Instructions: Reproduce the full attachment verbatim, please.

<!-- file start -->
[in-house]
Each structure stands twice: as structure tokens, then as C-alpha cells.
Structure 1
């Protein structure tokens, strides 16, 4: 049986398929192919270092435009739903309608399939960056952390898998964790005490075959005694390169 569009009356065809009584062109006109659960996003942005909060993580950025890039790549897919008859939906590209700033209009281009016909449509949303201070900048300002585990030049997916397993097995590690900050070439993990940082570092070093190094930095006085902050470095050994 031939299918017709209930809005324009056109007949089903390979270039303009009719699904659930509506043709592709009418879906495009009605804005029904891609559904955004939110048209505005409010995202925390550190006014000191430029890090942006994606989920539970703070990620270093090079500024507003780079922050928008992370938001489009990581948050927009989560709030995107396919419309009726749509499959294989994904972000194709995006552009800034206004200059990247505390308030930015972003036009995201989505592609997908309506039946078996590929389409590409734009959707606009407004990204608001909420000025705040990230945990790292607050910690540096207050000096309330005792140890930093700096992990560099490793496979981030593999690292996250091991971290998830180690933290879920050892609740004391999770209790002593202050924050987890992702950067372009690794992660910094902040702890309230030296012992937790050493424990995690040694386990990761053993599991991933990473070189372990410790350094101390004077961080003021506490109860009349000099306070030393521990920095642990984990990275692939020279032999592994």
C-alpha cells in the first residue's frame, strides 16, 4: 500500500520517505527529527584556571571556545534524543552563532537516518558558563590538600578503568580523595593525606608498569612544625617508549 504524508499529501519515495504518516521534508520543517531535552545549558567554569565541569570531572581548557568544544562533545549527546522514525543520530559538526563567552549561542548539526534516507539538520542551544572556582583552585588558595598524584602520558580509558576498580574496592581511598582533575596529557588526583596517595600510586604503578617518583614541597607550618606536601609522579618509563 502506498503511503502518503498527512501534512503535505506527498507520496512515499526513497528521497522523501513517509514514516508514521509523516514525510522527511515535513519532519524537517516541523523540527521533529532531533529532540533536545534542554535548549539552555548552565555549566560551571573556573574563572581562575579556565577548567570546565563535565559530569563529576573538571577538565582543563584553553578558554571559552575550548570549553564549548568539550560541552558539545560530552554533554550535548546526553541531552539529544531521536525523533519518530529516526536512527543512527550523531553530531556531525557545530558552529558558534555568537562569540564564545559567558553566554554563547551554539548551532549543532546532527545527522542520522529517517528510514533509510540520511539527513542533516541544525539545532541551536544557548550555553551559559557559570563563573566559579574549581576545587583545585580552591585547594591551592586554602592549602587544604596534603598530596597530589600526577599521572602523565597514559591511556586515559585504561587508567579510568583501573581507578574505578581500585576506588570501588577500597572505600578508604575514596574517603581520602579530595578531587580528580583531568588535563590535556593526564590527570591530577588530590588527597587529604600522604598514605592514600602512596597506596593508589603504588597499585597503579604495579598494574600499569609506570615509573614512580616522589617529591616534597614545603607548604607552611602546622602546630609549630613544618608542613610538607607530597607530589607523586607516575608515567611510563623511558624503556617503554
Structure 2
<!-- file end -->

[in-house]
Each structure stands twice: as structure tokens, then as C-alpha cells.
Structure 1
């Protein structure tokens, strides 16, 4: 049986398929192919270092435009739903309608399939960056952390898998964790005490075959005694390169 569009009356065809009584062109006109659960996003942005909060993580950025890039790549897919008859939906590209700033209009281009016909449509949303201070900048300002585990030049997916397993097995590690900050070439993990940082570092070093190094930095006085902050470095050994 031939299918017709209930809005324009056109007949089903390979270039303009009719699904659930509506043709592709009418879906495009009605804005029904891609559904955004939110048209505005409010995202925390550190006014000191430029890090942006994606989920539970703070990620270093090079500024507003780079922050928008992370938001489009990581948050927009989560709030995107396919419309009726749509499959294989994904972000194709995006552009800034206004200059990247505390308030930015972003036009995201989505592609997908309506039946078996590929389409590409734009959707606009407004990204608001909420000025705040990230945990790292607050910690540096207050000096309330005792140890930093700096992990560099490793496979981030593999690292996250091991971290998830180690933290879920050892609740004391999770209790002593202050924050987890992702950067372009690794992660910094902040702890309230030296012992937790050493424990995690040694386990990761053993599991991933990473070189372990410790350094101390004077961080003021506490109860009349000099306070030393521990920095642990984990990275692939020279032999592994």
C-alpha cells in the first residue's frame, strides 16, 4: 500500500520517505527529527584556571571556545534524543552563532537516518558558563590538600578503568580523595593525606608498569612544625617508549 504524508499529501519515495504518516521534508520543517531535552545549558567554569565541569570531572581548557568544544562533545549527546522514525543520530559538526563567552549561542548539526534516507539538520542551544572556582583552585588558595598524584602520558580509558576498580574496592581511598582533575596529557588526583596517595600510586604503578617518583614541597607550618606536601609522579618509563 502506498503511503502518503498527512501534512503535505506527498507520496512515499526513497528521497522523501513517509514514516508514521509523516514525510522527511515535513519532519524537517516541523523540527521533529532531533529532540533536545534542554535548549539552555548552565555549566560551571573556573574563572581562575579556565577548567570546565563535565559530569563529576573538571577538565582543563584553553578558554571559552575550548570549553564549548568539550560541552558539545560530552554533554550535548546526553541531552539529544531521536525523533519518530529516526536512527543512527550523531553530531556531525557545530558552529558558534555568537562569540564564545559567558553566554554563547551554539548551532549543532546532527545527522542520522529517517528510514533509510540520511539527513542533516541544525539545532541551536544557548550555553551559559557559570563563573566559579574549581576545587583545585580552591585547594591551592586554602592549602587544604596534603598530596597530589600526577599521572602523565597514559591511556586515559585504561587508567579510568583501573581507578574505578581500585576506588570501588577500597572505600578508604575514596574517603581520602579530595578531587580528580583531568588535563590535556593526564590527570591530577588530590588527597587529604600522604598514605592514600602512596597506596593508589603504588597499585597503579604495579598494574600499569609506570615509573614512580616522589617529591616534597614545603607548604607552611602546622602546630609549630613544618608542613610538607607530597607530589607523586607516575608515567611510563623511558624503556617503554
Structure 2